Fatty Liver Imaging Project ( FLIP ) Patient Pilot Study (FLIP)
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|ClinicalTrials.gov Identifier: NCT03914482|
Recruitment Status : Not yet recruiting
First Posted : April 16, 2019
Last Update Posted : March 13, 2020
|Condition or disease||Intervention/treatment||Phase|
|Fatty Liver||Device: MRI||Not Applicable|
It has been demonstrated that thermoacoustic imaging can be used to identify water and fat concentrations [Bauer, 2012]. In addition, the group led by Dr. Kruger have demonstrated that conventional computed tomography shows similar features to thermoacoustic imaging in small animal studies [Kruger, 2003]. These concepts have led Endra Life Sciences to develop the FLIP device with the purpose of imaging fat concentration in liver tissue with indications for fatty liver disease. Non-alcoholic fatty liver disease (NAFLD) was first reported in 1980 by pathologists at the Mayo clinic in obese, or overweight, patients with no history of alcohol abuse. This represented the first time that fatty livers were observed with no history of alcohol abuse. Since that first report of NAFLD, increased rates of obesity and general increased caloric intake has dramatically increased rates of fatty liver disease. Estimates of NAFLD range from 25 - 40% of the adult population globally. NAFLD is a multi-system disease. Fatty liver disease is highly correlated with obesity and alcohol abuse, and is an important biomarker of insulin resistance and metabolic disease. Endra's technology offers a non-invasive, cost effective point of care solution to monitoring liver fat content that will be enormously helpful in surveilling patients with metabolic disease, insulin resistance, and those at risk for later stage liver disease. This study will provide additional information that will guide the further development of the FLIP device with the end goal of commercializing the product. Fibroscan is a device that is currently on the market that is also indicated for fatty liver disease. Fibroscan is a shear wave elastography device that measures the stiffness of liver tissue by mechanically deforming tissue (by utilizing a plunger that vibrates the surface of the skin) and measures the resulting shear wave speed within the liver by ultrasound. The shear wave speed is related to the mechanical stiffness of the tissue. Fibroscan aims to assess the progression of infiltration of collagen into normal liver tissue that results in scarring, characteristic of fibrotic liver disease. Liver fibrosis progresses from fatty liver disease, not all fatty liver disease patients develop fibrotic liver disease. The Fibroscan device has an optional software module that attempts to quantify the attenuation of the shear wave as it travels away from the plane of deformation. Fibroscan refers to this measurement as CAP (Calculated Attenuation Parameter). The attenuation of the shear wave is thought to be related to the degree of liver steatosis (fat content).
To date, the technique has demonstrated poor sensitivity, and is poorly correlated with quantitative MRI measures of liver fat. Furthermore, CAP measurements in obese patients are difficult to obtain and unreliable. Endra's technology aims to provide much more sensitive measurements of liver fat content at the point of care. The Endra device has the potential to quantify fat content as low as 5% (by volume). The system is interoperable with ultrasound and leverages B-mode ultrasound imaging to guide measurement location. Compared to Fibroscan's CAP, Endra's fatty liver measures are expected to be much more sensitive and reproducible based on anatomical guidance by ultrasound imaging.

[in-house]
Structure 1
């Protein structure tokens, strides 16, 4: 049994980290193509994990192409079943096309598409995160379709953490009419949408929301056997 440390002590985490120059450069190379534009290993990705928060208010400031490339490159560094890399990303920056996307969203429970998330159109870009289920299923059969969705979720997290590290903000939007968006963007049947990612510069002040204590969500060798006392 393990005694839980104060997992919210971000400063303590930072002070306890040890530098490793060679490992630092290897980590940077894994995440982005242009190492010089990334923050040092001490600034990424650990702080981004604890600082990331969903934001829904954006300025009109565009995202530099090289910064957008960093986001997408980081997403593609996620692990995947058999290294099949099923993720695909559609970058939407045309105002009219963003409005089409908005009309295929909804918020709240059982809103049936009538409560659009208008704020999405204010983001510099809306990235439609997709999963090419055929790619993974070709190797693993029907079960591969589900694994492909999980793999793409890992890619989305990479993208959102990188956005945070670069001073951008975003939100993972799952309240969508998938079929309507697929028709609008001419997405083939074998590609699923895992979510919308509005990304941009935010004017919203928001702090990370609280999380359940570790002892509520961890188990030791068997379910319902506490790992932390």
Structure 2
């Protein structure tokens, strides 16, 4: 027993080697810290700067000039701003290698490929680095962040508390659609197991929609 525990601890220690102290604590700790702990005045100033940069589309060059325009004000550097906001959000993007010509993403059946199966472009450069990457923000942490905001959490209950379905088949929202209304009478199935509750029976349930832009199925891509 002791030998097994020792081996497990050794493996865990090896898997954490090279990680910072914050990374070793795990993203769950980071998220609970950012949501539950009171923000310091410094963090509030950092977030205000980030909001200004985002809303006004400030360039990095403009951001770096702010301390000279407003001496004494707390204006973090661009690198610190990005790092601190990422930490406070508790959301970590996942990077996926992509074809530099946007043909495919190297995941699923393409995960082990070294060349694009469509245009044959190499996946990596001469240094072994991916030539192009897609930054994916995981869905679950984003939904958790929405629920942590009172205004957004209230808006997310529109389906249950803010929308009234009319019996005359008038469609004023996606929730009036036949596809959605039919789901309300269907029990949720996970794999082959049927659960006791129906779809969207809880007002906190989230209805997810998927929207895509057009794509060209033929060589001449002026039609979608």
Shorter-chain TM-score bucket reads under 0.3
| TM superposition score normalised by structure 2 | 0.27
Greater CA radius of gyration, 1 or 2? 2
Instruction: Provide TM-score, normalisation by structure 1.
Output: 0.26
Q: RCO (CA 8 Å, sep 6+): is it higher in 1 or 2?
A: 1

A healthy volunteer study was conducted to test the overall feasibility of the device in use in humans. The median liver fat percentage was in the normal range, less than six percent, which helped gauge the accuracy of using the device in detecting low levels of liver fat. In addition, the operator was able to optimize the use of the device on human scanning. Of the 25 study subject datasets analyzed, only 4 subjects had above normal liver fat by MRI fat fraction (normal is < 6% fat fraction). All 4 study subjects with >6% liver fat fraction, fell into 'mild liver fat' grade that spans 6% - 26% fat fraction, with the maximum value of 22%.
Using all 25 study subject datasets the TAEUS investigational device measurement has an R^2 correlation value of 0.61 with MRI measurements of fat fraction. This is particularly interesting as BMI and abdominal fat thickness were found to have R^2 correlation values with MRI measures of liver fat of 0.19 and 0.31, respectively.
|Study Type :||Interventional (Clinical Trial)|
|Estimated Enrollment :||50 participants|
|Intervention Model:||Single Group Assignment|
|Masking:||None (Open Label)|
|Official Title:||Feasibility Study to Estimate Fat Concentration of Liver in Adults Through RF Imaging|
|Estimated Study Start Date :||September 1, 2020|
|Estimated Primary Completion Date :||December 31, 2020|
|Estimated Study Completion Date :||June 30, 2021|
Patients at risk of FLD
Patients who choose to participate in the study that meet the inclusion criteria
The device will acquire thermoacoustic data while the ultrasound probe acquires ultrasound images, and an MR of the liver is acquired as a comparative modality
Other Name: Liver Imaging
- Fat concentration estimate [ Time Frame: Up to 1 month following data collection ]The purpose of the device is to measure the fat content of liver tissue to assist in the diagnosis of fatty liver disease
To learn more about this study, you or your doctor may contact the study research staff using the contact information provided by the sponsor.
Please refer to this study by its ClinicalTrials.gov identifier (NCT number): NCT03914482
|Contact: Aaron Fensteremail@example.com|